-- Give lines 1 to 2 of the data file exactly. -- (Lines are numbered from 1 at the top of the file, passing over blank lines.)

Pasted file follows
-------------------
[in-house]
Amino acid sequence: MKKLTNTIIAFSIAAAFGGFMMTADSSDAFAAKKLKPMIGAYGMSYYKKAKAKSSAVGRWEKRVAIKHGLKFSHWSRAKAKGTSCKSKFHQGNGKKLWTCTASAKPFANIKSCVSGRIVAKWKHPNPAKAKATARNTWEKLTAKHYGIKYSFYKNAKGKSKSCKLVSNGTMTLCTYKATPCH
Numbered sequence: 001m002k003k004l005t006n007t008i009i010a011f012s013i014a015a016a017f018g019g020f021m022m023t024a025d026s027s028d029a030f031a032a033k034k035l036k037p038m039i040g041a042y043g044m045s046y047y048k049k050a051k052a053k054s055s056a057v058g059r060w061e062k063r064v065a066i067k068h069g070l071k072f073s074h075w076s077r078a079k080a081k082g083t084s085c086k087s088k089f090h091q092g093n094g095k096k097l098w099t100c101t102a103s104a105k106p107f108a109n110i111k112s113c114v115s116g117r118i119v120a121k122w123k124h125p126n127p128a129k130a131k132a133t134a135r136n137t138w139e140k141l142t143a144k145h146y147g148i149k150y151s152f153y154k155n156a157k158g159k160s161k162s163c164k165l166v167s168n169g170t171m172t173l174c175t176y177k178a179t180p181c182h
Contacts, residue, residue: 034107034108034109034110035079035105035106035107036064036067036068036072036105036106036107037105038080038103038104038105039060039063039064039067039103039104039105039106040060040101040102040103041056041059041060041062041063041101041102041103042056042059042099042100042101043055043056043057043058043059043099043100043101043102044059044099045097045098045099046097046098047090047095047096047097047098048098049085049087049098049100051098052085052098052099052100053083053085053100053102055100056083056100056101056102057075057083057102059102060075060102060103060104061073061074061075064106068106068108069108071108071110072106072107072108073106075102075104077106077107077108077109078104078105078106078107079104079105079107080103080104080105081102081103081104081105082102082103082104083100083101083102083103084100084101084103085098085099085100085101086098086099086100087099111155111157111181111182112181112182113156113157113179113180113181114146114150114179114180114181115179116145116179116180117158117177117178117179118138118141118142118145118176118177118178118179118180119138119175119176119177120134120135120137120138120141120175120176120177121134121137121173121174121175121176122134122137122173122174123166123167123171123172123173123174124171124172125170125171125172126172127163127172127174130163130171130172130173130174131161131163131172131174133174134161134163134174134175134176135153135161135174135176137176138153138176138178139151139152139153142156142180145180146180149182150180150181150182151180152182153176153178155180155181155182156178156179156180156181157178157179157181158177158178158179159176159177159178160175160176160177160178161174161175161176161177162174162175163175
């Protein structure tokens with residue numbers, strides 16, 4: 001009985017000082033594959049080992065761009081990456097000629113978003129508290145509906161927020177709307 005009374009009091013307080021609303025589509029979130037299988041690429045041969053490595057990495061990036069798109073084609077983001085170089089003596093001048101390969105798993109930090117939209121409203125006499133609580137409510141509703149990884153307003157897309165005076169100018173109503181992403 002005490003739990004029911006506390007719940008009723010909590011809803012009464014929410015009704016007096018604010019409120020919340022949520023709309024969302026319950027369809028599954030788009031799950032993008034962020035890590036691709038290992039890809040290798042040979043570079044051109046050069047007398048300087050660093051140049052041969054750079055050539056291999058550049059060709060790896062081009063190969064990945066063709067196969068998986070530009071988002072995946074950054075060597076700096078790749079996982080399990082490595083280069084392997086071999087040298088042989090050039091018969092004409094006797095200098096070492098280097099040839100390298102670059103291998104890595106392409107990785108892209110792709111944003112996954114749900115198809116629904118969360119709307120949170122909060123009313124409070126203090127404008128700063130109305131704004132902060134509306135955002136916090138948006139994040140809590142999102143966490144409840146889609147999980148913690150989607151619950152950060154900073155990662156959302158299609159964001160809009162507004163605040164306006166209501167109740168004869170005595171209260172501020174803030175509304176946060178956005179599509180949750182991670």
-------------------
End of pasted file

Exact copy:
[in-house]
Amino acid sequence: MKKLTNTIIAFSIAAAFGGFMMTADSSDAFAAKKLKPMIGAYGMSYYKKAKAKSSAVGRWEKRVAIKHGLKFSHWSRAKAKGTSCKSKFHQGNGKKLWTCTASAKPFANIKSCVSGRIVAKWKHPNPAKAKATARNTWEKLTAKHYGIKYSFYKNAKGKSKSCKLVSNGTMTLCTYKATPCH